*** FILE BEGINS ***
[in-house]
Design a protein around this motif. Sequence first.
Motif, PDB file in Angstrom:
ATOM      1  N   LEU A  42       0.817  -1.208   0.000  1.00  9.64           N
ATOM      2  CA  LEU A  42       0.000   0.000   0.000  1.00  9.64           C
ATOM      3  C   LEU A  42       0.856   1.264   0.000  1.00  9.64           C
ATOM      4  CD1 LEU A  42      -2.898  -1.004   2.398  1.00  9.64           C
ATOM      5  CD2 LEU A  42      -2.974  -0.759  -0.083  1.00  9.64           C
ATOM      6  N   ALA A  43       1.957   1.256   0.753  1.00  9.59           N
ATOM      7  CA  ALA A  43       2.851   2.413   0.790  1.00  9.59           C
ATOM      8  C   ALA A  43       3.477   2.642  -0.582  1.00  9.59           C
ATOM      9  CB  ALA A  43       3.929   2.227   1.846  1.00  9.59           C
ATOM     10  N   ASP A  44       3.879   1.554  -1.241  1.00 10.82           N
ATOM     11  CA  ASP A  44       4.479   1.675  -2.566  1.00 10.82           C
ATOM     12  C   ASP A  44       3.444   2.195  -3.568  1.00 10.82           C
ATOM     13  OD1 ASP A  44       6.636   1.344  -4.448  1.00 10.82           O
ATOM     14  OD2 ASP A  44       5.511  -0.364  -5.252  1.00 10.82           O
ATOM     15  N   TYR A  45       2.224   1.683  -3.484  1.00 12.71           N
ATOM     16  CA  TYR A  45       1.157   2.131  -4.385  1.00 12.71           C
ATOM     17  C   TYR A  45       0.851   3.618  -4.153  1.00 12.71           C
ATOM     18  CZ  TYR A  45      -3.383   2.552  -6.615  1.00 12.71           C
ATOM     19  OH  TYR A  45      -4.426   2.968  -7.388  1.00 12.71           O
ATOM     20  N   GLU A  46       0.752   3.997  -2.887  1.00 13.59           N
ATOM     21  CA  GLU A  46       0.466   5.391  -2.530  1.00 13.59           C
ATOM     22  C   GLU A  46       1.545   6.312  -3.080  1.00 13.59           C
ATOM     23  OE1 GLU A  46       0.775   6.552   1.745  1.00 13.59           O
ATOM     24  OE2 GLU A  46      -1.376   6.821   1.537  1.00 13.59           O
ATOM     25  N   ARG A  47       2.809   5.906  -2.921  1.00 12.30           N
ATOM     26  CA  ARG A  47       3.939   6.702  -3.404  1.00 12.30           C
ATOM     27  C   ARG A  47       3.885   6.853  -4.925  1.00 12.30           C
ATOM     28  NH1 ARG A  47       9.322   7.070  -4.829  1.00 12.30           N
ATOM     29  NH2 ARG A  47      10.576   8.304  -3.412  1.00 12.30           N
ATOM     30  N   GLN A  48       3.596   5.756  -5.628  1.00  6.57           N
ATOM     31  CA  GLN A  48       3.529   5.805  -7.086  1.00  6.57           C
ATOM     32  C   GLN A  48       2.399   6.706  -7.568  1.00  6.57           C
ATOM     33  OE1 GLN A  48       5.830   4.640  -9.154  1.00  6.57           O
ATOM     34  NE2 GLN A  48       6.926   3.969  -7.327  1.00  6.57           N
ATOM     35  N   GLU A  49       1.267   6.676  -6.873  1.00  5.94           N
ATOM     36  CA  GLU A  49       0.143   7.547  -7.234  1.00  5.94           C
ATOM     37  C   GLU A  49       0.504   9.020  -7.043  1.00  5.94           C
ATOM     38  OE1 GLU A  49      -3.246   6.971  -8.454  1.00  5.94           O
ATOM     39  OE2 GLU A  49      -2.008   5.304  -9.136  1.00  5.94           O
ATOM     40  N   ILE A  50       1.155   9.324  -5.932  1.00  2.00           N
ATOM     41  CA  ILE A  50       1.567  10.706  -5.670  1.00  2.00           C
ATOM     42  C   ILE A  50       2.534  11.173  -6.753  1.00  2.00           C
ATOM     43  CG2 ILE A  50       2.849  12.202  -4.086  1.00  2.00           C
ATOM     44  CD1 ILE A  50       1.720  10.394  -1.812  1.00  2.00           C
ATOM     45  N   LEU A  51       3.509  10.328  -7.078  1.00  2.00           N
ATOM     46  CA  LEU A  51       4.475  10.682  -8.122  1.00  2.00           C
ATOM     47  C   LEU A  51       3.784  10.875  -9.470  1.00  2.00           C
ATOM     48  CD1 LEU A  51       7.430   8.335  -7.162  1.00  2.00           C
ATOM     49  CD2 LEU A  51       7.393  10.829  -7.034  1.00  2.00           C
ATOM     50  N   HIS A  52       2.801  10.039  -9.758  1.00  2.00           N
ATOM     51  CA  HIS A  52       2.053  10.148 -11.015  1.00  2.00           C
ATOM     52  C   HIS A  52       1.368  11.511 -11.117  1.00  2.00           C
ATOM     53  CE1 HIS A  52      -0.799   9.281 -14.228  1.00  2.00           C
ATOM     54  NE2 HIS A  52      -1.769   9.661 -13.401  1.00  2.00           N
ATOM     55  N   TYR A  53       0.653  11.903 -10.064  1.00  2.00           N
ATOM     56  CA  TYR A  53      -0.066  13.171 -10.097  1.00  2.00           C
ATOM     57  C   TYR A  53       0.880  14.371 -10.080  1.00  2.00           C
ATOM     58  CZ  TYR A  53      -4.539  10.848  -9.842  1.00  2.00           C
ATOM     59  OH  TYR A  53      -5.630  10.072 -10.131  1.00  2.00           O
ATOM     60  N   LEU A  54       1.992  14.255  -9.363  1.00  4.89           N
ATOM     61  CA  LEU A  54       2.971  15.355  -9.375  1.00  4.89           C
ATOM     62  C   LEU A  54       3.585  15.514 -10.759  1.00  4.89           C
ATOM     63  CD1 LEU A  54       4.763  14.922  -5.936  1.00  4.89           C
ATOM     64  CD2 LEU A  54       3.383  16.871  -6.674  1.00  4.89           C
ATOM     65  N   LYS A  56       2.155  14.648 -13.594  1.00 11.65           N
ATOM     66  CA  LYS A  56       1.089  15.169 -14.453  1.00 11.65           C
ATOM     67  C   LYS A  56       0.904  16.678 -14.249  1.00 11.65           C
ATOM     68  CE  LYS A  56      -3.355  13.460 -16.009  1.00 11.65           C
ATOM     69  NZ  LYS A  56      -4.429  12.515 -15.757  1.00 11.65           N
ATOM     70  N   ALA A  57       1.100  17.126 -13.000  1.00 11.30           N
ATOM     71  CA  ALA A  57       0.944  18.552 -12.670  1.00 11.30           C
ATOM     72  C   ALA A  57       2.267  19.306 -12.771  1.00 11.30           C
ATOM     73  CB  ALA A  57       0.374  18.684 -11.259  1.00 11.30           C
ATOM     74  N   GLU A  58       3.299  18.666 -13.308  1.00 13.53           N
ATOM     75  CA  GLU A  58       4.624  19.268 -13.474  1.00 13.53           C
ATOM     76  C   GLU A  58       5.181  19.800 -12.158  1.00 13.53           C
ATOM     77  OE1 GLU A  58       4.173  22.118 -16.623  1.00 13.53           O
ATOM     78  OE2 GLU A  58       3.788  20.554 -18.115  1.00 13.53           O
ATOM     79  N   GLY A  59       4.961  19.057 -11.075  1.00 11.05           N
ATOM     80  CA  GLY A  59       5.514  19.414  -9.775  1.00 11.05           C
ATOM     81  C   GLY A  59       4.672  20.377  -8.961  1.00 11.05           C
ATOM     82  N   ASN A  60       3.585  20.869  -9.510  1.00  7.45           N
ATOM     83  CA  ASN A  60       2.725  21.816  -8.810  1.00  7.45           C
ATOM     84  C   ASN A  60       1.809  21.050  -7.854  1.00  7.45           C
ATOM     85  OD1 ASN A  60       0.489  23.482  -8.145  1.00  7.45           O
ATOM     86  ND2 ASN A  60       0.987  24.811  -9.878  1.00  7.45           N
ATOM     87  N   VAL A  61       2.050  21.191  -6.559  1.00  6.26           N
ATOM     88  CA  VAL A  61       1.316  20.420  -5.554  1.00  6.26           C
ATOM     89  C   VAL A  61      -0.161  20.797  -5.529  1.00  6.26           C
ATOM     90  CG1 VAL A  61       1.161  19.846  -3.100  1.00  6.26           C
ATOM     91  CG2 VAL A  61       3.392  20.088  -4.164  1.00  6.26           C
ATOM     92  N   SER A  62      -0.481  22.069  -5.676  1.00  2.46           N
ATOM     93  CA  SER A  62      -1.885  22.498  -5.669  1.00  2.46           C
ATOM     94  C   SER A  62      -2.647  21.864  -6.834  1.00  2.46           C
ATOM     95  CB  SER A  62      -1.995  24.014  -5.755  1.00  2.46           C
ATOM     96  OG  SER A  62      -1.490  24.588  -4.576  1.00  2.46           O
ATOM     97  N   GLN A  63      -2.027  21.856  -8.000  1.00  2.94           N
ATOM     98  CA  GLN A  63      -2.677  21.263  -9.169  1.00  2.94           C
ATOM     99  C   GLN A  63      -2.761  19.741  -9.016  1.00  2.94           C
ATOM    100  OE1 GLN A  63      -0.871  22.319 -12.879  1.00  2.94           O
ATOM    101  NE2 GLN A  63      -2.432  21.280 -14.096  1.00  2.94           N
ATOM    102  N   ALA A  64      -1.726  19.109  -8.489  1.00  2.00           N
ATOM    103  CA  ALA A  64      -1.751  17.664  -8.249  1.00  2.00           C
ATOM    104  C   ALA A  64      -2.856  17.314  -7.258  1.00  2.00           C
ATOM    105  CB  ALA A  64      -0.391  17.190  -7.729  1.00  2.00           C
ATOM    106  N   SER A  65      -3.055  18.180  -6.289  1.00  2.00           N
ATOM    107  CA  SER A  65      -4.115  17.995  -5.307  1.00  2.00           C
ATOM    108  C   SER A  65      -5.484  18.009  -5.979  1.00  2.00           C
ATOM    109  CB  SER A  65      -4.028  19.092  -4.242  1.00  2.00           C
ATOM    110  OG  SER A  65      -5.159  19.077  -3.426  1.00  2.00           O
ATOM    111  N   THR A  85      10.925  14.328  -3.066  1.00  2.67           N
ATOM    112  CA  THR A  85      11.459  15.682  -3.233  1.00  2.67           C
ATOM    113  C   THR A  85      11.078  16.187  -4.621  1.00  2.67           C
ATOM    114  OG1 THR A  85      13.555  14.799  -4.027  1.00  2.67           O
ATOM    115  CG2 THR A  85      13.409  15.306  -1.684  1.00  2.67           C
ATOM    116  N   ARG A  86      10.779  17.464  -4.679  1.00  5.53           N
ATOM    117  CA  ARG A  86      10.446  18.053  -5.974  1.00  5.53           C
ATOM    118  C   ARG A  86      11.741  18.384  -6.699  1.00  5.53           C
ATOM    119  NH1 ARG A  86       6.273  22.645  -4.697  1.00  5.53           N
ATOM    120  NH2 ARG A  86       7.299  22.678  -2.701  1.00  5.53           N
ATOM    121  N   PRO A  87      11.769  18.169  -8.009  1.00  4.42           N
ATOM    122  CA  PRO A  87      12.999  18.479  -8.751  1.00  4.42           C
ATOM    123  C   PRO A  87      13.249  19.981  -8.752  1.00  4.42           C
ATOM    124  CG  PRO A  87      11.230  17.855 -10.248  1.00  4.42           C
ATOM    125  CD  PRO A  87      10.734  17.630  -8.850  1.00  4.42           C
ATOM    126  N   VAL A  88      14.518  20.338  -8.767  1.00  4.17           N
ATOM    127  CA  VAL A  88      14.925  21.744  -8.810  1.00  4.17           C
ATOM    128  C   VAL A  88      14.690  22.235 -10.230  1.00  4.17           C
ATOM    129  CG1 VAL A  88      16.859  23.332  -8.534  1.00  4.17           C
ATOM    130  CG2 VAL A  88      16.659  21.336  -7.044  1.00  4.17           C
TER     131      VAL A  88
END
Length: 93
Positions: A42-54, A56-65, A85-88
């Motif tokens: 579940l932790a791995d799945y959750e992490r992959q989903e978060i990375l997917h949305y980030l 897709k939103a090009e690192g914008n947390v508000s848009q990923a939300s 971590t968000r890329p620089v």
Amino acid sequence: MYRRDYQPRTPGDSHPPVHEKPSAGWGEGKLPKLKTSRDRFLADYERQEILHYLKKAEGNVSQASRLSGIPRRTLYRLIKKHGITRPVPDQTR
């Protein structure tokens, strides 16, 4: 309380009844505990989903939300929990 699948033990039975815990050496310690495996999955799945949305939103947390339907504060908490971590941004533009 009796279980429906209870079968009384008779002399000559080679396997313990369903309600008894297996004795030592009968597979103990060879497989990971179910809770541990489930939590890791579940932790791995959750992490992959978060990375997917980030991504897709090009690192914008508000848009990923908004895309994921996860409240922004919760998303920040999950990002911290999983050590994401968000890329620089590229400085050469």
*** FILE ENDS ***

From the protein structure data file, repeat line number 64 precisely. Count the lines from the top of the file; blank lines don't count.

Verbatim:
ATOM     61  CA  LEU A  54       2.971  15.355  -9.375  1.00  4.89           C